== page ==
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Treatment for myeloma can sometimes produce side effects. For most patients, treatment side effects are temporary and go away once therapy ends. For other patients, side effects can be more severe, sometimes requiring hospitalization. Some patients never have side effects.

Before you undergo treatment, talk with your doctor team about potential side effects. Drugs and other therapies can prevent or manage many of them.

Drug Therapy and Chemotherapy Side Effects

Chemotherapy drugs are the main culprits when it comes to causing side effects. These drugs kill cancer cells, but they can damage normal cells, too. The lining of the mouth, throat, stomach and intestines are particularly vulnerable to damage.

The side effects you may experience depend on:

  • the intensity of chemotherapy
  • the drugs used during therapy
  • your overall health and whether you have any chronic health conditions like diabetes or kidney disease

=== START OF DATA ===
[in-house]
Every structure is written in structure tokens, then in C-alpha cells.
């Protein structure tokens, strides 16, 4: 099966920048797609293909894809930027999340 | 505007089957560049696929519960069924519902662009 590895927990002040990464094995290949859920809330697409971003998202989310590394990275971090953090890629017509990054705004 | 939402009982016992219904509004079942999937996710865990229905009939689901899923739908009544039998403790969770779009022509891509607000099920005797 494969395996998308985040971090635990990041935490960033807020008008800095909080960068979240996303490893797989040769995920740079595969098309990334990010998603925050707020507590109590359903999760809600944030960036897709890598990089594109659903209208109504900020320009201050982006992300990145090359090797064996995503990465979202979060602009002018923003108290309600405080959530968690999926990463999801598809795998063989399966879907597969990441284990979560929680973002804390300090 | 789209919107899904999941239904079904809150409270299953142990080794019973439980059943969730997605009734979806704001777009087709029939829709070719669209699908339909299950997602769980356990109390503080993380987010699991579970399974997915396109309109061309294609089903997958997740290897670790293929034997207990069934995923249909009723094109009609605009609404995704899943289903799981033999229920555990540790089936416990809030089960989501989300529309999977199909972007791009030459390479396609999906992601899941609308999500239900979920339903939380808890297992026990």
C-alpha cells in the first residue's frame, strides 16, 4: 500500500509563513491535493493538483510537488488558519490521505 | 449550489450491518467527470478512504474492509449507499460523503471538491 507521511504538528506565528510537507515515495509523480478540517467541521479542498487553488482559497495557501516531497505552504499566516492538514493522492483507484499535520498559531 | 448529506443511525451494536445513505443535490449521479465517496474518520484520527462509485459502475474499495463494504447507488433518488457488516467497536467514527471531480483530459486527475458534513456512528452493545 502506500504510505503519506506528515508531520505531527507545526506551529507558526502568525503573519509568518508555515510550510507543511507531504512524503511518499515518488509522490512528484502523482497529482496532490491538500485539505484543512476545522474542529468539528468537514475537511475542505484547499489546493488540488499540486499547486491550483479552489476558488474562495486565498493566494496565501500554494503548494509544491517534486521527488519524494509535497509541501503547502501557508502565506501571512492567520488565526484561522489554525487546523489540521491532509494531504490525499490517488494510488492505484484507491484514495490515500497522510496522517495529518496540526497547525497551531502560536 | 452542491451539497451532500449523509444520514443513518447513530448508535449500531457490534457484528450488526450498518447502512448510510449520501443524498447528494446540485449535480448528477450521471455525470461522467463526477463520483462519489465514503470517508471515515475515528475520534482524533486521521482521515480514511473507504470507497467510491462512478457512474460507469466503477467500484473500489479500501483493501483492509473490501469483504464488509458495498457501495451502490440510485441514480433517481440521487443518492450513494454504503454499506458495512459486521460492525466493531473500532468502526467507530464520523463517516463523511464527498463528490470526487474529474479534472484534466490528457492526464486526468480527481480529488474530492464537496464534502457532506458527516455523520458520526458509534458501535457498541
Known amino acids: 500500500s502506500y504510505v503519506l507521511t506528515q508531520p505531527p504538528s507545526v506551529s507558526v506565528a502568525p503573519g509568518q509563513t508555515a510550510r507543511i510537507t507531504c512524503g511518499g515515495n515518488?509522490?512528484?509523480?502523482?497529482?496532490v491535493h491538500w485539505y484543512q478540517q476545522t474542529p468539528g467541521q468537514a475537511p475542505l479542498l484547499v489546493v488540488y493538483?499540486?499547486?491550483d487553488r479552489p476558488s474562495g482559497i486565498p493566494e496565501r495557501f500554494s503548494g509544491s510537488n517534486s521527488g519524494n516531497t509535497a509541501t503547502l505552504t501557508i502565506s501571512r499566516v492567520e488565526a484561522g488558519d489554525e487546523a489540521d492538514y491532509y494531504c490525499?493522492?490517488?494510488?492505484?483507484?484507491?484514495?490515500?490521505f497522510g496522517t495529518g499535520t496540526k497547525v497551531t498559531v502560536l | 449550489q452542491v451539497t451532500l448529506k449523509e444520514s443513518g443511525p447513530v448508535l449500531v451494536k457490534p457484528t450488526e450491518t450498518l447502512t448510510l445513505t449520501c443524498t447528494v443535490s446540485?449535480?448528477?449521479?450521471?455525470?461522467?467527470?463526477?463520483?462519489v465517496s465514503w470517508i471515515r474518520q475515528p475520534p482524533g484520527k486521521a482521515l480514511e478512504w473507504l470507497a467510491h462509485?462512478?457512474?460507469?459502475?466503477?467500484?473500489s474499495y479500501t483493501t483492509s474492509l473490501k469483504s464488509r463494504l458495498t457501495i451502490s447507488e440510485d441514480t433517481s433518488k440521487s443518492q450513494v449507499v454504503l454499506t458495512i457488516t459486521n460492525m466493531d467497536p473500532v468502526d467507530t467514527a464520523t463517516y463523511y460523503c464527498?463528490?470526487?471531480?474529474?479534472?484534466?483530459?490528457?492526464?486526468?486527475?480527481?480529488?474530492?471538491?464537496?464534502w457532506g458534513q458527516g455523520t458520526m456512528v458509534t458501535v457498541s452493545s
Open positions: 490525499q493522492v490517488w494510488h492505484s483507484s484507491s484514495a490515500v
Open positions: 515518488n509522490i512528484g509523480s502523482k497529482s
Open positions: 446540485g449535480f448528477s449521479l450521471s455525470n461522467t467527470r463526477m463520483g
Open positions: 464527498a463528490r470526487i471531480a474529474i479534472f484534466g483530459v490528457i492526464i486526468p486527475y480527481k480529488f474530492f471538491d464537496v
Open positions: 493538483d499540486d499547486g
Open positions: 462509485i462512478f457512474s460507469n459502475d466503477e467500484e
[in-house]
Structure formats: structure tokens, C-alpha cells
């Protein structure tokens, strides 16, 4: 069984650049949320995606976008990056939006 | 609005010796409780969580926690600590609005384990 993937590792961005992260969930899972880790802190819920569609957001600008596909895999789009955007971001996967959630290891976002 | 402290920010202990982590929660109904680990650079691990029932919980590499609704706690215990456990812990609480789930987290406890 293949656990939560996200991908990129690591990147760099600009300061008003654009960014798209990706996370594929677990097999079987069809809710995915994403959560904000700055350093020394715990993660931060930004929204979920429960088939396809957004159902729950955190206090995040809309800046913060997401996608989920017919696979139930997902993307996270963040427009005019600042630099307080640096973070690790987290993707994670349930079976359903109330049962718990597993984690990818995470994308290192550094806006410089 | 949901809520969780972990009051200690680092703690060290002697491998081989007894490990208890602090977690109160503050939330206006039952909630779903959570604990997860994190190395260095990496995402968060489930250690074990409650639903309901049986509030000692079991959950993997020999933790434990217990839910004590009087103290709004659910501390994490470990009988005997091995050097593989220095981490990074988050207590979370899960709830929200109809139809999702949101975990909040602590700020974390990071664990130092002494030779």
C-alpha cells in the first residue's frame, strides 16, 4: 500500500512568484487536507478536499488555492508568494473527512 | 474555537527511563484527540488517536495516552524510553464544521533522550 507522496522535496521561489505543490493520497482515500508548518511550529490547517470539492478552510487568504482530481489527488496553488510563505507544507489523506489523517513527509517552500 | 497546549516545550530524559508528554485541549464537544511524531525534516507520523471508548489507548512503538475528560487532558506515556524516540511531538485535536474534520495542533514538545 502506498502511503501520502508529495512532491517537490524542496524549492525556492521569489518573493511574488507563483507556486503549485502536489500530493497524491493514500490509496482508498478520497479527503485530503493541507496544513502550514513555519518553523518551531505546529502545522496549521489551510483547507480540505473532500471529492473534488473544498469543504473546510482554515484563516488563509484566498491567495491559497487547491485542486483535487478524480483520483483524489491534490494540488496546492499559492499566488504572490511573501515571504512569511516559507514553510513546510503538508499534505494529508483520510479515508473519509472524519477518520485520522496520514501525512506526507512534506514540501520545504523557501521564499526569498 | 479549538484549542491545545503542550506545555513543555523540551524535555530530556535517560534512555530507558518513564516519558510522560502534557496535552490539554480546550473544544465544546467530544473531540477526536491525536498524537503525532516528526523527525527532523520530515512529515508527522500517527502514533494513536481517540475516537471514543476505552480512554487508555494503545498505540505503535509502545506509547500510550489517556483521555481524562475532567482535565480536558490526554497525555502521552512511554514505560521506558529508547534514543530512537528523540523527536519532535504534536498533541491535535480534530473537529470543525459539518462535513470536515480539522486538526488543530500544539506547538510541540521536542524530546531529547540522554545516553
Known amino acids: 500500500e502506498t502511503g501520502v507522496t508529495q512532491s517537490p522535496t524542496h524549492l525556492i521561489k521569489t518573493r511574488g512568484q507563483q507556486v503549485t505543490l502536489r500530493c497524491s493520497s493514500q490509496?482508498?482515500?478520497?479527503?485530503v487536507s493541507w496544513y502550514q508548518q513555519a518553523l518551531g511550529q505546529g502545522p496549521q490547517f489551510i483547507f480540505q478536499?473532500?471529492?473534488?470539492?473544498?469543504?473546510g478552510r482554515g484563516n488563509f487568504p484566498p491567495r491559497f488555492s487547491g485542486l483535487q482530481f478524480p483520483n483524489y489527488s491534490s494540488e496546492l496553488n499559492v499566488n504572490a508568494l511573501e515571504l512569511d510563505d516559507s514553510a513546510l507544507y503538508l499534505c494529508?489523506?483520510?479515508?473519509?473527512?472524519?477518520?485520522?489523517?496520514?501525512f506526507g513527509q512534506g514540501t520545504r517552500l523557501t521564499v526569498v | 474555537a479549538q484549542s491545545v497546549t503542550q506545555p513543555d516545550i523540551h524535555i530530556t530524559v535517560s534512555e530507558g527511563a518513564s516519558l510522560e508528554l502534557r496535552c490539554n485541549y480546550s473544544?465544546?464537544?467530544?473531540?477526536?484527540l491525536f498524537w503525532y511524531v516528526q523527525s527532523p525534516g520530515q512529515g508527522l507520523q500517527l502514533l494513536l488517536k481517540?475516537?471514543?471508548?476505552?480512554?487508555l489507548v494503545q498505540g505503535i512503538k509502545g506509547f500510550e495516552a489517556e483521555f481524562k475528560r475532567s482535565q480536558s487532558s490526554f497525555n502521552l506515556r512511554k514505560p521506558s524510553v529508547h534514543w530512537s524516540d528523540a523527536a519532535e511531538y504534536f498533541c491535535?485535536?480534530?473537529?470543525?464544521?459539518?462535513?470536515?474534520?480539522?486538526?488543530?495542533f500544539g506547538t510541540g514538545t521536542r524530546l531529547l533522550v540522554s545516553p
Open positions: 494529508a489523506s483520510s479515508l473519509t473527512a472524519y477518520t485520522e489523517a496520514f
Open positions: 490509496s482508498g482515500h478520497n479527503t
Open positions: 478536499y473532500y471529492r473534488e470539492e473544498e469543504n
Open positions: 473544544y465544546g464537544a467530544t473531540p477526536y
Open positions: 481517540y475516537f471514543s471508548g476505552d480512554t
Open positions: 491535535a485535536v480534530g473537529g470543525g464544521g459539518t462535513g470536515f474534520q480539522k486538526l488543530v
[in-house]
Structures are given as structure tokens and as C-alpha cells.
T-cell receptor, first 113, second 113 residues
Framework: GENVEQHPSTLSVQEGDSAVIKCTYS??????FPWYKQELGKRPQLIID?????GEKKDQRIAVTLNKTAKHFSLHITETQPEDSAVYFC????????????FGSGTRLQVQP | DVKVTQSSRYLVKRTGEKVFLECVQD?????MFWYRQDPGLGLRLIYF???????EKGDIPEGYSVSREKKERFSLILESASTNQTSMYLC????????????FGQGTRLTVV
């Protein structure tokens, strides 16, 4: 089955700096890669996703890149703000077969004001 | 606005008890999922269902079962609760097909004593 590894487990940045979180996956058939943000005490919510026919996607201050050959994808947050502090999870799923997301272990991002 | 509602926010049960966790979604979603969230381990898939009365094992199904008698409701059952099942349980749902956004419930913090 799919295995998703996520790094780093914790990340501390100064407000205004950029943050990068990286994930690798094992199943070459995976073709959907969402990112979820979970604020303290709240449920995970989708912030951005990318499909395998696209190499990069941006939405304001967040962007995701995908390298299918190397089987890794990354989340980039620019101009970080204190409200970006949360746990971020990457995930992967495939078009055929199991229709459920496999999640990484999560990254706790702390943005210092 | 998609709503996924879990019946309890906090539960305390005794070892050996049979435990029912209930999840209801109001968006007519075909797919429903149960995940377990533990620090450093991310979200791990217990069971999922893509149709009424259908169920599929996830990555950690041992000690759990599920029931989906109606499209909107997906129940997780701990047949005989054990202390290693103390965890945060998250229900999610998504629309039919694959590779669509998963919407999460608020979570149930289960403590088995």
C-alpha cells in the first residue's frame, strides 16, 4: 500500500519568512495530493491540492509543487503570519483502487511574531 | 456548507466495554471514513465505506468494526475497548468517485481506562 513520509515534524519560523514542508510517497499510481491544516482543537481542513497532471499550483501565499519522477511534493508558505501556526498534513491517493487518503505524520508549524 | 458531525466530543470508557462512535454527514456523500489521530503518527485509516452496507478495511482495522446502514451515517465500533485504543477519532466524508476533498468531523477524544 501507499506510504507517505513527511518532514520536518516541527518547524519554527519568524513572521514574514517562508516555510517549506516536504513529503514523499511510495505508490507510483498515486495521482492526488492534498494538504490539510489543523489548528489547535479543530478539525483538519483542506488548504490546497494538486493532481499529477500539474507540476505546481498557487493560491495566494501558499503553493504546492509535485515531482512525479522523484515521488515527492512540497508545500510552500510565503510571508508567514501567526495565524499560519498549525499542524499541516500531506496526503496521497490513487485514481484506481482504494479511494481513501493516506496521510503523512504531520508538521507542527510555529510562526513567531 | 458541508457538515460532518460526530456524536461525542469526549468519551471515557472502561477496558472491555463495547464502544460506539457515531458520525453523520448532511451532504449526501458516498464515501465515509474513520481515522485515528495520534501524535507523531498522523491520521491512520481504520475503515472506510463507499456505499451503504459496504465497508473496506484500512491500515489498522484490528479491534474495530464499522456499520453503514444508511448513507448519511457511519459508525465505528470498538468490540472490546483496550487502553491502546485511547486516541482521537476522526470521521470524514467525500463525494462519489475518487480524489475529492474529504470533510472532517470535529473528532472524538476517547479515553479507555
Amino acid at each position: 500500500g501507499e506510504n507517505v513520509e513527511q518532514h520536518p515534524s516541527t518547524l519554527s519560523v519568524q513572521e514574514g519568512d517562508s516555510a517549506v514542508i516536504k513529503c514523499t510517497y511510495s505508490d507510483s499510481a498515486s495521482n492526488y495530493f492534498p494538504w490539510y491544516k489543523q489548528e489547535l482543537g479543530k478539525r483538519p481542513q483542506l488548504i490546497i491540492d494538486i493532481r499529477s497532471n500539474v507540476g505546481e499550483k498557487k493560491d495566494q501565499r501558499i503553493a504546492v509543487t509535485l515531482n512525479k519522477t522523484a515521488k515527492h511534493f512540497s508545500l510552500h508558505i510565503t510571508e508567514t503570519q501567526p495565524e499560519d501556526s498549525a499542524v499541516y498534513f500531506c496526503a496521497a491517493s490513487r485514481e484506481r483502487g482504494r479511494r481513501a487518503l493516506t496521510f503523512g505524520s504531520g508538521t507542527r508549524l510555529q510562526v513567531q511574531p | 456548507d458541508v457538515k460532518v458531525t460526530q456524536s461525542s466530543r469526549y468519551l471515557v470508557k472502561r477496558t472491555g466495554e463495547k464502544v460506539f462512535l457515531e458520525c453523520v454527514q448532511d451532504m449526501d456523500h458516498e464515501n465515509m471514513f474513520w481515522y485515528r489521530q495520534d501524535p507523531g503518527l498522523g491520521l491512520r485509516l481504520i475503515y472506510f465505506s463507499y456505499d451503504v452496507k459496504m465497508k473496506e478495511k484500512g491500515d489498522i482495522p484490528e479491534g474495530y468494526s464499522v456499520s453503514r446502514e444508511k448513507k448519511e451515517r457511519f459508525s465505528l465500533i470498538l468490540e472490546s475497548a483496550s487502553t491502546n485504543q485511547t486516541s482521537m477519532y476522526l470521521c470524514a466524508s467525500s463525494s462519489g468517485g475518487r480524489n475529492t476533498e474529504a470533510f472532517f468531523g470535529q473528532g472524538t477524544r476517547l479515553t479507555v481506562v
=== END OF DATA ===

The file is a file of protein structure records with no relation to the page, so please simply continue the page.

If you would like to read about drugs individually, including information about side effects, click here .

For side effects information, please see the free LLS publication Understanding Side Effects of Drug Therapy  and the FDA drug information webpage.

Long-Term and Late Effects of Treatment

For some patients, side effects may last well after they finish treatment. To read more about lingering side effects, see Long-Term and Late Effects of Treatment in Adults Facts or Long-Term and Late Effects of Treatment in Children Facts.

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last updated on Wednesday, April 24, 2013

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